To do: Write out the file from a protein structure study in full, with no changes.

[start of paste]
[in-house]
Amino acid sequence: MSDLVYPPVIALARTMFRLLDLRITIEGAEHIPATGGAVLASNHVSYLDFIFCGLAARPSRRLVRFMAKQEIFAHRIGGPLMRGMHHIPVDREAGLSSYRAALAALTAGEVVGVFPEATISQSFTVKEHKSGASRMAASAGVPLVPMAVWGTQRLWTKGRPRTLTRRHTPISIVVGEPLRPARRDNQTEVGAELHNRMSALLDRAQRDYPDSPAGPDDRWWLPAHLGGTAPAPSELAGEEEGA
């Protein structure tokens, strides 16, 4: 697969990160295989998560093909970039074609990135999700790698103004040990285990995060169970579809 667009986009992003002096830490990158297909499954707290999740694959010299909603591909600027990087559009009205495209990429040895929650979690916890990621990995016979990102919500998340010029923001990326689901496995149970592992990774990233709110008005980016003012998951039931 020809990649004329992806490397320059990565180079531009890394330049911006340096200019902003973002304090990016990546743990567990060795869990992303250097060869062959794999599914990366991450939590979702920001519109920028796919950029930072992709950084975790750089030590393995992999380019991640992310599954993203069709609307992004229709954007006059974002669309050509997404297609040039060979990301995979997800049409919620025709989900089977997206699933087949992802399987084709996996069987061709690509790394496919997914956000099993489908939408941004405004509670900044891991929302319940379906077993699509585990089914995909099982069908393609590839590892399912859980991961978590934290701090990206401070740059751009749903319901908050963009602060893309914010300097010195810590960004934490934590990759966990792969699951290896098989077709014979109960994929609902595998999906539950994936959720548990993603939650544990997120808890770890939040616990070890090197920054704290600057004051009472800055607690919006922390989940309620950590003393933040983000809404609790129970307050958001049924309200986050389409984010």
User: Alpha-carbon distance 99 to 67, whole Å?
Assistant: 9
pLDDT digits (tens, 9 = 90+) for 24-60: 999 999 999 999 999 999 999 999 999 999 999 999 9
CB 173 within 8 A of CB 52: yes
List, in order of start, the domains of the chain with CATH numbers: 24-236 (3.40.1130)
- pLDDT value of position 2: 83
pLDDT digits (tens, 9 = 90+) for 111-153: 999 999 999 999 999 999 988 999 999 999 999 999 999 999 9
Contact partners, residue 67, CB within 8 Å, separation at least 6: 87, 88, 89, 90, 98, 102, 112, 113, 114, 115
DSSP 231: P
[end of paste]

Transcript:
[in-house]
Amino acid sequence: MSDLVYPPVIALARTMFRLLDLRITIEGAEHIPATGGAVLASNHVSYLDFIFCGLAARPSRRLVRFMAKQEIFAHRIGGPLMRGMHHIPVDREAGLSSYRAALAALTAGEVVGVFPEATISQSFTVKEHKSGASRMAASAGVPLVPMAVWGTQRLWTKGRPRTLTRRHTPISIVVGEPLRPARRDNQTEVGAELHNRMSALLDRAQRDYPDSPAGPDDRWWLPAHLGGTAPAPSELAGEEEGA
């Protein structure tokens, strides 16, 4: 697969990160295989998560093909970039074609990135999700790698103004040990285990995060169970579809 667009986009992003002096830490990158297909499954707290999740694959010299909603591909600027990087559009009205495209990429040895929650979690916890990621990995016979990102919500998340010029923001990326689901496995149970592992990774990233709110008005980016003012998951039931 020809990649004329992806490397320059990565180079531009890394330049911006340096200019902003973002304090990016990546743990567990060795869990992303250097060869062959794999599914990366991450939590979702920001519109920028796919950029930072992709950084975790750089030590393995992999380019991640992310599954993203069709609307992004229709954007006059974002669309050509997404297609040039060979990301995979997800049409919620025709989900089977997206699933087949992802399987084709996996069987061709690509790394496919997914956000099993489908939408941004405004509670900044891991929302319940379906077993699509585990089914995909099982069908393609590839590892399912859980991961978590934290701090990206401070740059751009749903319901908050963009602060893309914010300097010195810590960004934490934590990759966990792969699951290896098989077709014979109960994929609902595998999906539950994936959720548990993603939650544990997120808890770890939040616990070890090197920054704290600057004051009472800055607690919006922390989940309620950590003393933040983000809404609790129970307050958001049924309200986050389409984010």
User: Alpha-carbon distance 99 to 67, whole Å?
Assistant: 9
pLDDT digits (tens, 9 = 90+) for 24-60: 999 999 999 999 999 999 999 999 999 999 999 999 9
CB 173 within 8 A of CB 52: yes
List, in order of start, the domains of the chain with CATH numbers: 24-236 (3.40.1130)
- pLDDT value of position 2: 83
pLDDT digits (tens, 9 = 90+) for 111-153: 999 999 999 999 999 999 988 999 999 999 999 999 999 999 9
Contact partners, residue 67, CB within 8 Å, separation at least 6: 87, 88, 89, 90, 98, 102, 112, 113, 114, 115
DSSP 231: P